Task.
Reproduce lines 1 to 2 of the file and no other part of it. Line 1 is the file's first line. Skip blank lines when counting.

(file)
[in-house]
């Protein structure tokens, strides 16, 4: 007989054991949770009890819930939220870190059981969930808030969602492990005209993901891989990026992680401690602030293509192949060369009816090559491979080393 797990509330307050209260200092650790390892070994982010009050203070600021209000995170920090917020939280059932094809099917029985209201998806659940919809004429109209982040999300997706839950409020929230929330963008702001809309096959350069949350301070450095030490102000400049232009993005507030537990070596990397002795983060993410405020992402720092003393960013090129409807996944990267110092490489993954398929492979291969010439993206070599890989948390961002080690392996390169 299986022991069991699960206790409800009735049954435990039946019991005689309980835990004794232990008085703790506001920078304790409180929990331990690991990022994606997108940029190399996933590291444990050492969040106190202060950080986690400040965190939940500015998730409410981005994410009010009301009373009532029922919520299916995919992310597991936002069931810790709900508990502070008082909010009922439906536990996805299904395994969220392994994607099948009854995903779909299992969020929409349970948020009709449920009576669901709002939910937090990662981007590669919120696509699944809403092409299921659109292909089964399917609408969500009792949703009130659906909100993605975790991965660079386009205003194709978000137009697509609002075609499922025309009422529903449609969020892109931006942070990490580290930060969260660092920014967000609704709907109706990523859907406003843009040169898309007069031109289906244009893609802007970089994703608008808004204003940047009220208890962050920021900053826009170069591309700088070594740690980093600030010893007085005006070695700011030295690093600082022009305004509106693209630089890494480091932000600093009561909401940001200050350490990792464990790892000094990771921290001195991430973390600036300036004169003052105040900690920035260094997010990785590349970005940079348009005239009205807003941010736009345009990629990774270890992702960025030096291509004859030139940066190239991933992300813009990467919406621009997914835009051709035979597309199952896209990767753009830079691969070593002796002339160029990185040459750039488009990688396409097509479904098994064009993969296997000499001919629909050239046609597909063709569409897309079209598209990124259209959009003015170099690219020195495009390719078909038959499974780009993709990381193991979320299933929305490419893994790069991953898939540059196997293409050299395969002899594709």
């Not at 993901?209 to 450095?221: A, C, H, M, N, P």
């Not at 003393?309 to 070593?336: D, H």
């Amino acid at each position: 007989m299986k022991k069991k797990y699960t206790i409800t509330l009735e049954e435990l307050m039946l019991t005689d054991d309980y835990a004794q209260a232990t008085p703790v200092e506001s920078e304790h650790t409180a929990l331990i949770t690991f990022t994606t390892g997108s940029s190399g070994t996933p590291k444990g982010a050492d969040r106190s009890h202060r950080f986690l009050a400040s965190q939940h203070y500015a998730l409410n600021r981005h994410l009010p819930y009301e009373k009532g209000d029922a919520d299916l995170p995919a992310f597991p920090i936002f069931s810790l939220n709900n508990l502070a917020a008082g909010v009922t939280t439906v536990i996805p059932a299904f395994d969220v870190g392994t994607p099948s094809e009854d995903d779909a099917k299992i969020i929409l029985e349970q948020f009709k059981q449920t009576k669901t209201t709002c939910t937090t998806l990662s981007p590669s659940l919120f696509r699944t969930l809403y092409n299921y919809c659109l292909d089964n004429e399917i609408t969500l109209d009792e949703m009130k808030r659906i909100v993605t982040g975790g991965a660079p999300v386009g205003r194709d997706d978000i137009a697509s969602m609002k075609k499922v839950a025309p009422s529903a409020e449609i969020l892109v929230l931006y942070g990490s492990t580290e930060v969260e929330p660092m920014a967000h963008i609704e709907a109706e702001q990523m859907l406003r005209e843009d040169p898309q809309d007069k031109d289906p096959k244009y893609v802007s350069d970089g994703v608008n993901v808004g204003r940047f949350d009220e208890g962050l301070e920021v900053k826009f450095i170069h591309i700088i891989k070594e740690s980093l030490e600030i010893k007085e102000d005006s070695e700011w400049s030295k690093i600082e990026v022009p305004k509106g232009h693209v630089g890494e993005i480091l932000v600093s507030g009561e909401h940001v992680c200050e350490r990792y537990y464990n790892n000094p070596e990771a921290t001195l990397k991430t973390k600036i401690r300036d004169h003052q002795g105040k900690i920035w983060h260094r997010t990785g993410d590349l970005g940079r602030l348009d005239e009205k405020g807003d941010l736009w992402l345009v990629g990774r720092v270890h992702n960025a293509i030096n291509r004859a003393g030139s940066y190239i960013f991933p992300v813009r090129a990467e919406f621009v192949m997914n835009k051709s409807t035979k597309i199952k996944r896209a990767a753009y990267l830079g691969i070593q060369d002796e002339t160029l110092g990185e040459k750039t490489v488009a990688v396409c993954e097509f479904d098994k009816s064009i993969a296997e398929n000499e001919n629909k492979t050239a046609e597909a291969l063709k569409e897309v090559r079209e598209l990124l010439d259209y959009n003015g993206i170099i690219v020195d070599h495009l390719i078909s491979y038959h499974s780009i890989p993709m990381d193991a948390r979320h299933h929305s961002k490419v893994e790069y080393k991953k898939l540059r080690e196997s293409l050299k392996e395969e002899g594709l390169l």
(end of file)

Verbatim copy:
[in-house]
């Protein structure tokens, strides 16, 4: 007989054991949770009890819930939220870190059981969930808030969602492990005209993901891989990026992680401690602030293509192949060369009816090559491979080393 797990509330307050209260200092650790390892070994982010009050203070600021209000995170920090917020939280059932094809099917029985209201998806659940919809004429109209982040999300997706839950409020929230929330963008702001809309096959350069949350301070450095030490102000400049232009993005507030537990070596990397002795983060993410405020992402720092003393960013090129409807996944990267110092490489993954398929492979291969010439993206070599890989948390961002080690392996390169 299986022991069991699960206790409800009735049954435990039946019991005689309980835990004794232990008085703790506001920078304790409180929990331990690991990022994606997108940029190399996933590291444990050492969040106190202060950080986690400040965190939940500015998730409410981005994410009010009301009373009532029922919520299916995919992310597991936002069931810790709900508990502070008082909010009922439906536990996805299904395994969220392994994607099948009854995903779909299992969020929409349970948020009709449920009576669901709002939910937090990662981007590669919120696509699944809403092409299921659109292909089964399917609408969500009792949703009130659906909100993605975790991965660079386009205003194709978000137009697509609002075609499922025309009422529903449609969020892109931006942070990490580290930060969260660092920014967000609704709907109706990523859907406003843009040169898309007069031109289906244009893609802007970089994703608008808004204003940047009220208890962050920021900053826009170069591309700088070594740690980093600030010893007085005006070695700011030295690093600082022009305004509106693209630089890494480091932000600093009561909401940001200050350490990792464990790892000094990771921290001195991430973390600036300036004169003052105040900690920035260094997010990785590349970005940079348009005239009205807003941010736009345009990629990774270890992702960025030096291509004859030139940066190239991933992300813009990467919406621009997914835009051709035979597309199952896209990767753009830079691969070593002796002339160029990185040459750039488009990688396409097509479904098994064009993969296997000499001919629909050239046609597909063709569409897309079209598209990124259209959009003015170099690219020195495009390719078909038959499974780009993709990381193991979320299933929305490419893994790069991953898939540059196997293409050299395969002899594709």